Come to think of it, you have to wonder why governments, including our own, are not calling on all of the out of work drug discovery professionals to lend a hand.  Oh, that’s right.  We’d have to be paid and as we all know, government isn’t good for anything.

So, don’t count on Mr. Duncan to receive any miracle cures.  Let’s just hope he gets decent care in Texas to help his body ride out the storm.

In the meantime, I have read that Glaxo Smith Kline (GSK) is trying out a vaccine.  I haven’t heard a lot about this but vaccines are generally good things, unless you’re Jenny McCarthy or some clueless control freak, overeducated but bored, suburban helicopter mom who managed to get through college without ever taking a basic biology course.  How much you wanna bet a whole lot of them in Texas suddenly get religion when it comes to vaccines, demanding on TV with righteous indignation that GSK provide freebies of an almost untested, non-FDA approved vaccine? There’s a satire just waiting to be written but it really isn’t funny.  Anyway, I hope it can produce some kind of immune response but it’s probably too late to help Mr. Duncan.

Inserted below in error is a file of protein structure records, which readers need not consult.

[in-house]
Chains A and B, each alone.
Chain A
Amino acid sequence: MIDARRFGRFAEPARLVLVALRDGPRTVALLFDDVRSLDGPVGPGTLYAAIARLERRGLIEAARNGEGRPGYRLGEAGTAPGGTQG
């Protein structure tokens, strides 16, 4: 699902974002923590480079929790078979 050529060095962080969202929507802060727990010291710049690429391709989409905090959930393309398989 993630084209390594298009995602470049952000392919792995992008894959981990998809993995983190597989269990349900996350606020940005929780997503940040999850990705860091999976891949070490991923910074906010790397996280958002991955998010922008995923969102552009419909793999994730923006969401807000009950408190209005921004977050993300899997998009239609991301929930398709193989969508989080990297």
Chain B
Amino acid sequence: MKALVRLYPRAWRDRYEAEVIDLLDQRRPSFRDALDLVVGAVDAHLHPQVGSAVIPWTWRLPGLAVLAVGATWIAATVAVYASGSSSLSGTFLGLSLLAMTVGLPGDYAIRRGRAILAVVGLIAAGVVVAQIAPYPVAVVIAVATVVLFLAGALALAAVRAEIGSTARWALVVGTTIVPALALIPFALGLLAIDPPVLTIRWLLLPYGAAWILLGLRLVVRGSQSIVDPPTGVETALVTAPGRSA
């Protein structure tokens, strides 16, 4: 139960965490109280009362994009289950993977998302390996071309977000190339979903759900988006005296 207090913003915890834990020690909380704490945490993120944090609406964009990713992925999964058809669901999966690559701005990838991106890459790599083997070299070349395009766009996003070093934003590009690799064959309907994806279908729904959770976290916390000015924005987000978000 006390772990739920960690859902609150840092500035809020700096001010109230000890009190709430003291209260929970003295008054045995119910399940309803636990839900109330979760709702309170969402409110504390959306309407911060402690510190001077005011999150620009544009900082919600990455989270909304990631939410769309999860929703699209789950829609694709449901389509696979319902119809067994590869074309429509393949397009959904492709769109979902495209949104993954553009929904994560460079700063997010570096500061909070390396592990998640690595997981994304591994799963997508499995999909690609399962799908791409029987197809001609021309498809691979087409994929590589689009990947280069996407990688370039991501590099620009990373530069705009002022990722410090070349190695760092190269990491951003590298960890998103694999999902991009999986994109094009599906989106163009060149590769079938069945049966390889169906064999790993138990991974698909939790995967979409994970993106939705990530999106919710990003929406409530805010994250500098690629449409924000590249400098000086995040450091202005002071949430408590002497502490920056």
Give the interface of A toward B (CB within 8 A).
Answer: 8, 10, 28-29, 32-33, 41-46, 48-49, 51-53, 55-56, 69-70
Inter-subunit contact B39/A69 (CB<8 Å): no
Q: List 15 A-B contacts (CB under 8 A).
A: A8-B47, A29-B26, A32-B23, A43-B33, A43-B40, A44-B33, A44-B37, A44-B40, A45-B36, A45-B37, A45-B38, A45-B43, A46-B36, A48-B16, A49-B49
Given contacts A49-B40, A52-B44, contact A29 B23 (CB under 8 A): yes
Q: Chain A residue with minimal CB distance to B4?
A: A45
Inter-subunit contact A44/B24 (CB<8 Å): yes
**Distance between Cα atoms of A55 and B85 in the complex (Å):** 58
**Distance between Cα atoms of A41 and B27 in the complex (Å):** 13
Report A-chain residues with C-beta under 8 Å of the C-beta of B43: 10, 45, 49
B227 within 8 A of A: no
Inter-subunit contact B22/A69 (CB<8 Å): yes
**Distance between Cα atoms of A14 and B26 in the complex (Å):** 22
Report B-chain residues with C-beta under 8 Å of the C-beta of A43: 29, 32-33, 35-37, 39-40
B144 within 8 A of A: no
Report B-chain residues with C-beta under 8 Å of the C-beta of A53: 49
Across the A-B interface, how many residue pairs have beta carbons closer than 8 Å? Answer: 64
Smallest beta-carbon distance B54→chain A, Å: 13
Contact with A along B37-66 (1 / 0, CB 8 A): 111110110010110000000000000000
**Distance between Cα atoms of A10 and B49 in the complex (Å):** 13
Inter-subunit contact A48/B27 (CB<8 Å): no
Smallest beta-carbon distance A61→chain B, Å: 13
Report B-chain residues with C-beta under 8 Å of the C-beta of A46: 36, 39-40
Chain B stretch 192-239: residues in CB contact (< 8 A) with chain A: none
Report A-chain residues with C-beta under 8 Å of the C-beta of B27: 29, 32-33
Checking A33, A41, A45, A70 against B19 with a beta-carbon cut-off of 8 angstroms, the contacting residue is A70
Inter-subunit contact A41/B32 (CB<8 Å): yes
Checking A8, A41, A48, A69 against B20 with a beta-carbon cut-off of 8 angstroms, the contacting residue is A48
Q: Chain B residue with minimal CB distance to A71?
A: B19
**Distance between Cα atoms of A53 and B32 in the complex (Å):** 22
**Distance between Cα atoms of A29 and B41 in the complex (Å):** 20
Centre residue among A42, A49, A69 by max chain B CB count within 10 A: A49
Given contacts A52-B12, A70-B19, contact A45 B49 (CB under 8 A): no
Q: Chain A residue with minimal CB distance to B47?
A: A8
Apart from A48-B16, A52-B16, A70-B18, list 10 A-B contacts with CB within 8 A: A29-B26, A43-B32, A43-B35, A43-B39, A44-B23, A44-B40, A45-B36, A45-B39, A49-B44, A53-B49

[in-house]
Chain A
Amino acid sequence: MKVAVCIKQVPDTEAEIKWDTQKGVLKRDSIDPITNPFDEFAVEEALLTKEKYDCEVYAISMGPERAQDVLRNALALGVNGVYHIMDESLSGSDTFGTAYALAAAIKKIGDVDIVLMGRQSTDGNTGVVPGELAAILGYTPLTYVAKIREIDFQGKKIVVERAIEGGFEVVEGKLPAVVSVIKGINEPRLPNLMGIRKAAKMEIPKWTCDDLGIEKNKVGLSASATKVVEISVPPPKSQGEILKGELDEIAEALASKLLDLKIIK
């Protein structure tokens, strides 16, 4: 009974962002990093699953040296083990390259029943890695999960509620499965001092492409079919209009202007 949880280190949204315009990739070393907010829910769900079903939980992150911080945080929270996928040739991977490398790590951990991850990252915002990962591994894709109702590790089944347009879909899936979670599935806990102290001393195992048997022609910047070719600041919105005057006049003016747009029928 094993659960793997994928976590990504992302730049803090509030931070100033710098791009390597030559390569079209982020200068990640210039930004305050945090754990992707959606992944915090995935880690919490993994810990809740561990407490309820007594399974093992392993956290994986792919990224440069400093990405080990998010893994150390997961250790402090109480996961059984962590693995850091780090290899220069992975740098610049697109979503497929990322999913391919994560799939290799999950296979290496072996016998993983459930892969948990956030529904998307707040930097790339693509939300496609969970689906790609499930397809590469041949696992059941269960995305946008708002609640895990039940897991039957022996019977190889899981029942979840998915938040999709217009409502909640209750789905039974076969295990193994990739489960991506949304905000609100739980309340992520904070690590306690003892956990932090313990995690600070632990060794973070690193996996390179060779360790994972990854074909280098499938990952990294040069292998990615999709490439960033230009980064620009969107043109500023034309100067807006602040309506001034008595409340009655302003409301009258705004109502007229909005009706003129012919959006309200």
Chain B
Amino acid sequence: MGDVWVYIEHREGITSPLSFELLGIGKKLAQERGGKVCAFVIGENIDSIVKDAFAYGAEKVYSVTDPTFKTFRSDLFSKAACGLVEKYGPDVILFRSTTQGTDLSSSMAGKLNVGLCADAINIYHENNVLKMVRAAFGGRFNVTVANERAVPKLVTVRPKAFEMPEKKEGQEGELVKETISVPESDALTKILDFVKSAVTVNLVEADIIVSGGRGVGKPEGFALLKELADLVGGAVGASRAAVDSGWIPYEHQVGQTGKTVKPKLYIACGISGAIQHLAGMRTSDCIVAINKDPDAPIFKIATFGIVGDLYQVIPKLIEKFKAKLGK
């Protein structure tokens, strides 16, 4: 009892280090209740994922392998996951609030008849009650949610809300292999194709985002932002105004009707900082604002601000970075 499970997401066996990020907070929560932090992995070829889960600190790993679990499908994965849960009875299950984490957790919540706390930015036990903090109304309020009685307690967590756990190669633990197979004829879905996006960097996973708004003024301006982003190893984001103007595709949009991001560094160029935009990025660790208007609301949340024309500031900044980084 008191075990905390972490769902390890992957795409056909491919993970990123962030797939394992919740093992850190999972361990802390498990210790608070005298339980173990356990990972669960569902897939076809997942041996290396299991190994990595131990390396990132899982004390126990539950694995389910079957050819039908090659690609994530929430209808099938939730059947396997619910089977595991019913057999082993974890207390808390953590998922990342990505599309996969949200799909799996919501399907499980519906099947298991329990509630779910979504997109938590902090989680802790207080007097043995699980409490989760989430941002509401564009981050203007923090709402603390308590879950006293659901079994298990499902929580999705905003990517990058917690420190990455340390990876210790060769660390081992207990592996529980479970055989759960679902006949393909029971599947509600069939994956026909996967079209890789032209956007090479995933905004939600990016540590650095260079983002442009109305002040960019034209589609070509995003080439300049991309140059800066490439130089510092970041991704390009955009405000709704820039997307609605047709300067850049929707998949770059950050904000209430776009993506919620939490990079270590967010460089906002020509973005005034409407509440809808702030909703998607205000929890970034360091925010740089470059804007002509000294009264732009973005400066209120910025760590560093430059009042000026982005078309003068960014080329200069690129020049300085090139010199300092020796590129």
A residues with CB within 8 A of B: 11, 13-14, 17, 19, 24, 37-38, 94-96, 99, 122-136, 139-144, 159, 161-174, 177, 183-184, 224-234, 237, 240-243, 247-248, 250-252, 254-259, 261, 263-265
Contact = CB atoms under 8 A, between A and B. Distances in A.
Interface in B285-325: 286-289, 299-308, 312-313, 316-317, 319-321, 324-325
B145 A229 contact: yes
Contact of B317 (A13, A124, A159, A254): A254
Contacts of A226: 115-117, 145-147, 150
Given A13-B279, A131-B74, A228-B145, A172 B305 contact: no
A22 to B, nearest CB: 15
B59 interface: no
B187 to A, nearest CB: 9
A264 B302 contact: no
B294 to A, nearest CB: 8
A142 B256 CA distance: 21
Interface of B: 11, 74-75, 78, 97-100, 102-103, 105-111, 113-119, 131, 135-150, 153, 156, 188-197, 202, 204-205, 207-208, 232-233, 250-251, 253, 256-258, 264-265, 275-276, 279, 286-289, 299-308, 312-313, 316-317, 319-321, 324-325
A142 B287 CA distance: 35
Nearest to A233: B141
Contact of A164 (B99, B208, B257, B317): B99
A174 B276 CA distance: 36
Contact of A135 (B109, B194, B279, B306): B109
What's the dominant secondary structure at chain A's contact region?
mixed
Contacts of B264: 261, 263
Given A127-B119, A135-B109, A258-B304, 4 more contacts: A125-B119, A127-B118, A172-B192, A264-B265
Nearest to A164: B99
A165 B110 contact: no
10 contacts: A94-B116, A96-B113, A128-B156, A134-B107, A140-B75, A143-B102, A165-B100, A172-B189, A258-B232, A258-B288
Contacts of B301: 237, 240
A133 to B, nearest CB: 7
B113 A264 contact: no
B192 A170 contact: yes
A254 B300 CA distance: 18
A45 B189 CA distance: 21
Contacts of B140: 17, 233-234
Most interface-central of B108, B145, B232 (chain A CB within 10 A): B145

As for the rest of Texas, let’s hope it can survive the bumbling first responses.  Since Mr. Duncan returned to the US, he has had ample opportunity to infect his girlfriend’s kids- who go to school. (See paragraph above)  His poor girlfriend is probably in jeopardy if they had sex without a condom because the virus can persist in semen for a time even after the patient recovers. Well, I’m still not panicking but I’d feel a lot more confident about a vigilant response if Mr. Duncan had landed in Hawaii where everyone is insured, there’s a whole ocean separating the islands and there’s a history of treating people with infectious disease.

Somedays, it just seems like Texas is giving the rest of the country the finger.